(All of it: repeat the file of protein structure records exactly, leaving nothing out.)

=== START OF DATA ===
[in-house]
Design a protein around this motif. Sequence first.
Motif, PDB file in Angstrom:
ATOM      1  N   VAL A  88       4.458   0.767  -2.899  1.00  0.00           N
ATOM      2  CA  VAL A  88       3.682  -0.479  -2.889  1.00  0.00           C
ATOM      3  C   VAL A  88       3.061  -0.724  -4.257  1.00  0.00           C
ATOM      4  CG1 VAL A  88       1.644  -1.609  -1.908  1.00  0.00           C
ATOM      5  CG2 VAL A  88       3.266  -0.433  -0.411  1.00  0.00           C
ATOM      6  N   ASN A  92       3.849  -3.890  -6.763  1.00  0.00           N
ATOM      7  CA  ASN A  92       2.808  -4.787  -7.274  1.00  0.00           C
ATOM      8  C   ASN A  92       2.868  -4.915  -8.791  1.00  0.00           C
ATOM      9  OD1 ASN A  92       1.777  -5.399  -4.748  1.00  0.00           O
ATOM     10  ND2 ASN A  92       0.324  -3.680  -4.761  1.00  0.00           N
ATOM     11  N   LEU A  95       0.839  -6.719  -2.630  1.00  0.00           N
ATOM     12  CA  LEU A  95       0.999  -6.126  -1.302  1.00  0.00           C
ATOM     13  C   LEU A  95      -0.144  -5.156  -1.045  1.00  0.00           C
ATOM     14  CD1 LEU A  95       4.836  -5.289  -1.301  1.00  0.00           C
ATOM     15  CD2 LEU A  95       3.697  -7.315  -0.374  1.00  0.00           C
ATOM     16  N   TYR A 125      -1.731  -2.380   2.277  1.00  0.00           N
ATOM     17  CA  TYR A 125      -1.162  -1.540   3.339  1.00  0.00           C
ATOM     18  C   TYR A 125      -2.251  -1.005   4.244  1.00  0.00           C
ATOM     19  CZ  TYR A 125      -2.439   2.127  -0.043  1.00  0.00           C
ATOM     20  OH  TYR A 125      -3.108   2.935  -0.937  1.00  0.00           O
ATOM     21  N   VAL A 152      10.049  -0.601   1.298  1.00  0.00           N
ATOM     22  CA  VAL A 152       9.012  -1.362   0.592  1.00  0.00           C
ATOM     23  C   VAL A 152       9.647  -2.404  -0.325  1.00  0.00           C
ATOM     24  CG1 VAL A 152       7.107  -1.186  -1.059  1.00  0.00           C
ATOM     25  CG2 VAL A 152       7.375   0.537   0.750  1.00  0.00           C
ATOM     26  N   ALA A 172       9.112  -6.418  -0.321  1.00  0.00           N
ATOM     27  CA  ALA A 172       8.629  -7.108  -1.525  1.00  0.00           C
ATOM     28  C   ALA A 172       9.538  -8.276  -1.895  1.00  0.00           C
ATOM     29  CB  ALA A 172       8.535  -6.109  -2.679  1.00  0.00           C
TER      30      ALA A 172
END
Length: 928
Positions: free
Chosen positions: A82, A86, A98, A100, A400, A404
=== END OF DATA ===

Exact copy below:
[in-house]
Design a protein around this motif. Sequence first.
Motif, PDB file in Angstrom:
ATOM      1  N   VAL A  88       4.458   0.767  -2.899  1.00  0.00           N
ATOM      2  CA  VAL A  88       3.682  -0.479  -2.889  1.00  0.00           C
ATOM      3  C   VAL A  88       3.061  -0.724  -4.257  1.00  0.00           C
ATOM      4  CG1 VAL A  88       1.644  -1.609  -1.908  1.00  0.00           C
ATOM      5  CG2 VAL A  88       3.266  -0.433  -0.411  1.00  0.00           C
ATOM      6  N   ASN A  92       3.849  -3.890  -6.763  1.00  0.00           N
ATOM      7  CA  ASN A  92       2.808  -4.787  -7.274  1.00  0.00           C
ATOM      8  C   ASN A  92       2.868  -4.915  -8.791  1.00  0.00           C
ATOM      9  OD1 ASN A  92       1.777  -5.399  -4.748  1.00  0.00           O
ATOM     10  ND2 ASN A  92       0.324  -3.680  -4.761  1.00  0.00           N
ATOM     11  N   LEU A  95       0.839  -6.719  -2.630  1.00  0.00           N
ATOM     12  CA  LEU A  95       0.999  -6.126  -1.302  1.00  0.00           C
ATOM     13  C   LEU A  95      -0.144  -5.156  -1.045  1.00  0.00           C
ATOM     14  CD1 LEU A  95       4.836  -5.289  -1.301  1.00  0.00           C
ATOM     15  CD2 LEU A  95       3.697  -7.315  -0.374  1.00  0.00           C
ATOM     16  N   TYR A 125      -1.731  -2.380   2.277  1.00  0.00           N
ATOM     17  CA  TYR A 125      -1.162  -1.540   3.339  1.00  0.00           C
ATOM     18  C   TYR A 125      -2.251  -1.005   4.244  1.00  0.00           C
ATOM     19  CZ  TYR A 125      -2.439   2.127  -0.043  1.00  0.00           C
ATOM     20  OH  TYR A 125      -3.108   2.935  -0.937  1.00  0.00           O
ATOM     21  N   VAL A 152      10.049  -0.601   1.298  1.00  0.00           N
ATOM     22  CA  VAL A 152       9.012  -1.362   0.592  1.00  0.00           C
ATOM     23  C   VAL A 152       9.647  -2.404  -0.325  1.00  0.00           C
ATOM     24  CG1 VAL A 152       7.107  -1.186  -1.059  1.00  0.00           C
ATOM     25  CG2 VAL A 152       7.375   0.537   0.750  1.00  0.00           C
ATOM     26  N   ALA A 172       9.112  -6.418  -0.321  1.00  0.00           N
ATOM     27  CA  ALA A 172       8.629  -7.108  -1.525  1.00  0.00           C
ATOM     28  C   ALA A 172       9.538  -8.276  -1.895  1.00  0.00           C
ATOM     29  CB  ALA A 172       8.535  -6.109  -2.679  1.00  0.00           C
TER      30      ALA A 172
END
Length: 928
Positions: free
Chosen positions: A82, A86, A98, A100, A400, A404